The Sorrows of Young Werther
by Johann Wolfgang von Goethe (translated by R.D. Boylan)

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May 26.

You know of old my ways of settling anywhere, of selecting a little cottage in some cosy spot, and of putting up in it with every inconvenience. Here, too, I have discovered such a snug, comfortable place, which possesses peculiar charms for me.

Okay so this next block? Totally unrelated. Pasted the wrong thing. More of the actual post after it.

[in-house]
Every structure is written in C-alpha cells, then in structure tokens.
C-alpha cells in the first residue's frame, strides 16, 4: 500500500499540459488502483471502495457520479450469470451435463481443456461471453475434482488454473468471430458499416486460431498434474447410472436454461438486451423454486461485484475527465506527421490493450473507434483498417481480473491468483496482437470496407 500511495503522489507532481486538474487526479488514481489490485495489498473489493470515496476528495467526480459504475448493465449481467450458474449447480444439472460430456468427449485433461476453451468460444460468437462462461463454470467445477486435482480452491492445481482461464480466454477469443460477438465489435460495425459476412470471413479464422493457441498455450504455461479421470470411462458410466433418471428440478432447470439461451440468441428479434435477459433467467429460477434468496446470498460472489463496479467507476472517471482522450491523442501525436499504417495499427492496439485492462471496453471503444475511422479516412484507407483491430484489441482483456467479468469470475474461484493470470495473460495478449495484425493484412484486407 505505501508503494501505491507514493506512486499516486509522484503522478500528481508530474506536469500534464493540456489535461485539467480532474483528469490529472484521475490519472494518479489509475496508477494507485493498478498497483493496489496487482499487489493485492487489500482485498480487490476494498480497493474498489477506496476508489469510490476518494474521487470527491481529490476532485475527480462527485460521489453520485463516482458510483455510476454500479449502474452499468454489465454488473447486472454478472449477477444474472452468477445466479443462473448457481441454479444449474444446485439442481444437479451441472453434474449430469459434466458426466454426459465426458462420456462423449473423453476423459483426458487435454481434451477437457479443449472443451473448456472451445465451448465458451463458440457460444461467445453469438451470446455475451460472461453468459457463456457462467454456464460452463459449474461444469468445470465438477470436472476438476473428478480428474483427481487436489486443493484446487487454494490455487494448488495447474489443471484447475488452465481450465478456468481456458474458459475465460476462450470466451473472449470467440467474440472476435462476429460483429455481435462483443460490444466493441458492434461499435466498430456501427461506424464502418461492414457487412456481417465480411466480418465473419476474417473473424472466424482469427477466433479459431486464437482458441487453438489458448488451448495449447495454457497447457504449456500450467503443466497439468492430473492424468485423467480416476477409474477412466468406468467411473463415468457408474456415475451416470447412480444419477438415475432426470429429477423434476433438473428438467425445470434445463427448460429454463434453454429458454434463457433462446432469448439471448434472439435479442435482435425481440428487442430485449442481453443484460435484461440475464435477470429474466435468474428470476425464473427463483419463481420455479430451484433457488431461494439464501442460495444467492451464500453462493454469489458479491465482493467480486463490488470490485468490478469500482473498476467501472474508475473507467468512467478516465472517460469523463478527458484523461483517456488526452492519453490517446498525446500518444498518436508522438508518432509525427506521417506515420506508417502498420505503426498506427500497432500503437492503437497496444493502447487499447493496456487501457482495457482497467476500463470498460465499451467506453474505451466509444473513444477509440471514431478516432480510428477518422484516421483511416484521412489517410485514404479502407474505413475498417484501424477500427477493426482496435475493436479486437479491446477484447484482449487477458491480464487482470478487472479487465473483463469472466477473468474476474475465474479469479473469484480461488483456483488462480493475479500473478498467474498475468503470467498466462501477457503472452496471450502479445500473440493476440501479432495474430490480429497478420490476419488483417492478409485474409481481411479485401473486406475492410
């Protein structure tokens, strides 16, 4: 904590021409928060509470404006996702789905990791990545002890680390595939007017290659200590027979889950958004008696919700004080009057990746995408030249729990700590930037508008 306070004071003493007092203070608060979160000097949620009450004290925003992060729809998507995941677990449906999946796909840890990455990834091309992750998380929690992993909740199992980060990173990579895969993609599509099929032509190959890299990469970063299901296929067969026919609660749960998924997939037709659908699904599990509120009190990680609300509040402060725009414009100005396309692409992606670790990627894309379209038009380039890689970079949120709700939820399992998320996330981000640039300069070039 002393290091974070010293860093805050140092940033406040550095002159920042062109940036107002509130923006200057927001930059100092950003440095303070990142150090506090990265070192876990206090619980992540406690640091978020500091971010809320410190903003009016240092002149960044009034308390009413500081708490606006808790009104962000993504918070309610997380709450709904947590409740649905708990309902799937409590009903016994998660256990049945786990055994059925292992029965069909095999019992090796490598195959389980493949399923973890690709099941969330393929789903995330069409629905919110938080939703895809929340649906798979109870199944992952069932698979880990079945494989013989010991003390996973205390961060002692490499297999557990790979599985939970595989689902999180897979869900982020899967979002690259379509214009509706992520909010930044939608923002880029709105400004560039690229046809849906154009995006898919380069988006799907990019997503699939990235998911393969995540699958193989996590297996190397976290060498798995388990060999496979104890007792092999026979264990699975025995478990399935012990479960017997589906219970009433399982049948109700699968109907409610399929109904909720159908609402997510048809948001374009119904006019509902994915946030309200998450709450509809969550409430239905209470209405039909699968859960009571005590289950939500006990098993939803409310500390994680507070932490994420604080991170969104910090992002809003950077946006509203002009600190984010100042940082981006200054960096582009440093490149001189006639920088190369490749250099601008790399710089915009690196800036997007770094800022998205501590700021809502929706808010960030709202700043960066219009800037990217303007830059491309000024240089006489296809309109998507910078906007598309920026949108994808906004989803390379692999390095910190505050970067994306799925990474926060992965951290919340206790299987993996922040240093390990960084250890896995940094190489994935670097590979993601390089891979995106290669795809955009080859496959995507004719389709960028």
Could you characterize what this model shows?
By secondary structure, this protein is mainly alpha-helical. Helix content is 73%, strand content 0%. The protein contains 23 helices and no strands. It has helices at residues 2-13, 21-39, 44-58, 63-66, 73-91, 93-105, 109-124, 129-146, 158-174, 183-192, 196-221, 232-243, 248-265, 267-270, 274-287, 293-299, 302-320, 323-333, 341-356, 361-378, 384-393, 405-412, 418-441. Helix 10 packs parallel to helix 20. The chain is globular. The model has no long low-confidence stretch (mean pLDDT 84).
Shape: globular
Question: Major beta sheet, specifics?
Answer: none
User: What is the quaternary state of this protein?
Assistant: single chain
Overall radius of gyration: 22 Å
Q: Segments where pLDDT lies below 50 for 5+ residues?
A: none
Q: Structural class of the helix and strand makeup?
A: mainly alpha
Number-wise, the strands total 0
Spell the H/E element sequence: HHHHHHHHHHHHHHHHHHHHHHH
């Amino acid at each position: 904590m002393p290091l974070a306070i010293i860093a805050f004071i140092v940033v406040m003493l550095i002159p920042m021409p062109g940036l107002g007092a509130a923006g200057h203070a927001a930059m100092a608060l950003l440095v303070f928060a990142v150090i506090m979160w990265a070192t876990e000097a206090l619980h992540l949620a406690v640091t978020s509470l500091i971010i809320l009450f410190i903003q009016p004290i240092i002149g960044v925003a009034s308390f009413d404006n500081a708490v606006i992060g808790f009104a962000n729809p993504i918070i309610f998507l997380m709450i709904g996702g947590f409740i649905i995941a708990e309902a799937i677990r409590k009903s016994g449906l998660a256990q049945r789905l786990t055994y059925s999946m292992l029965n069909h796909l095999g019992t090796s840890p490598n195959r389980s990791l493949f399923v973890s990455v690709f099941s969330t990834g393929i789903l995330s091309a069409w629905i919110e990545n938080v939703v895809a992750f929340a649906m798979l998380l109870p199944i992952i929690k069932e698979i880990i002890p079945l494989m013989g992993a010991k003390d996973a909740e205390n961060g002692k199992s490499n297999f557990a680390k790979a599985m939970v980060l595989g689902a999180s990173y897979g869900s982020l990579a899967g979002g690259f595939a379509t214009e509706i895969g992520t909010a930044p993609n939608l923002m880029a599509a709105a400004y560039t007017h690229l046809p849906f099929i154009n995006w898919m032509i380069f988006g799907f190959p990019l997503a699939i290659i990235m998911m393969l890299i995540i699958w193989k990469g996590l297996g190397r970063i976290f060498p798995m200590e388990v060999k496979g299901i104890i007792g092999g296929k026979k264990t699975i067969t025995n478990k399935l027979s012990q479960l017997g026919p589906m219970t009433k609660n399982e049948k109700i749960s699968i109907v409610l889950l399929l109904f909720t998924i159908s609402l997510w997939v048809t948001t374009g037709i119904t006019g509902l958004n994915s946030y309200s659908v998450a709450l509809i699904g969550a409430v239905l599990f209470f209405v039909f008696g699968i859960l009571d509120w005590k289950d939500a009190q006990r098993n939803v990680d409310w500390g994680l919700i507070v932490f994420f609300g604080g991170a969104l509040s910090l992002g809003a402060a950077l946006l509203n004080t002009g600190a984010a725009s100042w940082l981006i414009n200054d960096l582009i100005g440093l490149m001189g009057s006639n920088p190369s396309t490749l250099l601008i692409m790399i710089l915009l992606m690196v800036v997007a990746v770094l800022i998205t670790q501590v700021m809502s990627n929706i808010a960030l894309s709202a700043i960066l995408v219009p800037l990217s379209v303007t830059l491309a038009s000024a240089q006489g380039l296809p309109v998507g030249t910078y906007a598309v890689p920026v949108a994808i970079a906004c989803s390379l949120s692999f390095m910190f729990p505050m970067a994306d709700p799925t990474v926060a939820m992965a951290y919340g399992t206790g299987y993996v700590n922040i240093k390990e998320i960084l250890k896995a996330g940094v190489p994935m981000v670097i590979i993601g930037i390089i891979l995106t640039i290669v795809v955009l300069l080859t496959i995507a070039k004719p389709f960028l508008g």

About a league from the town is a place called Walheim. (The reader need not take the trouble to look for the place thus designated. We have found it necessary to change the names given in the original.) It is delightfully situated on the side of a hill; and, by proceeding along one of the footpaths which lead out of the village, you can have a view of the whole valley. A good old woman lives there, who keeps a small inn. She sells wine, beer, and coffee, and is cheerful and pleasant notwithstanding her age. The chief charm of this spot consists in two linden-trees, spreading their enormous branches over the little green before the church, which is entirely surrounded by peasants’ cottages, barns, and homesteads. I have seldom seen a place so retired and peaceable; and there often have my table and chair brought out from the little inn, and drink my coffee there, and read my Homer. Accident brought me to the spot one fine afternoon, and I found it perfectly deserted. Everybody was in the fields except a little boy about four years of age, who was sitting on the ground, and held between his knees a child about six months old: he pressed it to his bosom with both arms, which thus formed a sort of arm-chair; and, notwithstanding the liveliness which sparkled in its black eyes, it remained perfectly still. The sight charmed me. I sat down upon a plough opposite, and sketched with great delight this little picture of brotherly tenderness. I added the neighbouring hedge, the barn-door, and some broken cart-wheels, just as they happened to lie; and I found in about an hour that I had made a very correct and interesting drawing, without putting in the slightest thing of my own. This confirmed me in my resolution of adhering, for the future, entirely to nature. She alone is inexhaustible, and capable of forming the greatest masters. Much may be alleged in favour of rules, as much may be likewise advanced in favour of the laws of society: an artist formed upon them will never produce anything absolutely bad or disgusting; as a man who observes the laws, and obeys decorum, can never be an absolutely intolerable neighbour, nor a decided villain: but yet, say what you will of rules, they destroy the genuine feeling of nature, as well as its true expression. Do not tell me “that this is too hard, that they only restrain and prune superfluous branches, etc.” My good friend, I will illustrate this by an analogy. These things resemble love. A warmhearted youth becomes strongly attached to a maiden: he spends every hour of the day in her company, wears out his health, and lavishes his fortune, to afford continual proof that he is wholly devoted to her. Then comes a man of the world, a man of place and respectability, and addresses him thus: “My good young friend, love is natural; but you must love within bounds. Divide your time: devote a portion to business, and give the hours of recreation to your mistress. Calculate your fortune; and out of the superfluity you may make her a present, only not too often, — on her birthday, and such occasions.” Pursuing this advice, he may become a useful member of society, and I should advise every prince to give him an appointment; but it is all up with his love, and with his genius if he be an artist. O my friend! why is it that the torrent of genius so seldom bursts forth, so seldom rolls in full-flowing stream, overwhelming your astounded soul? Because, on either side of this stream, cold and respectable persons have taken up their abodes, and, forsooth, their summer-houses and tulip-beds would suffer from the torrent; wherefore they dig trenches, and raise embankments betimes, in order to avert the impending danger.


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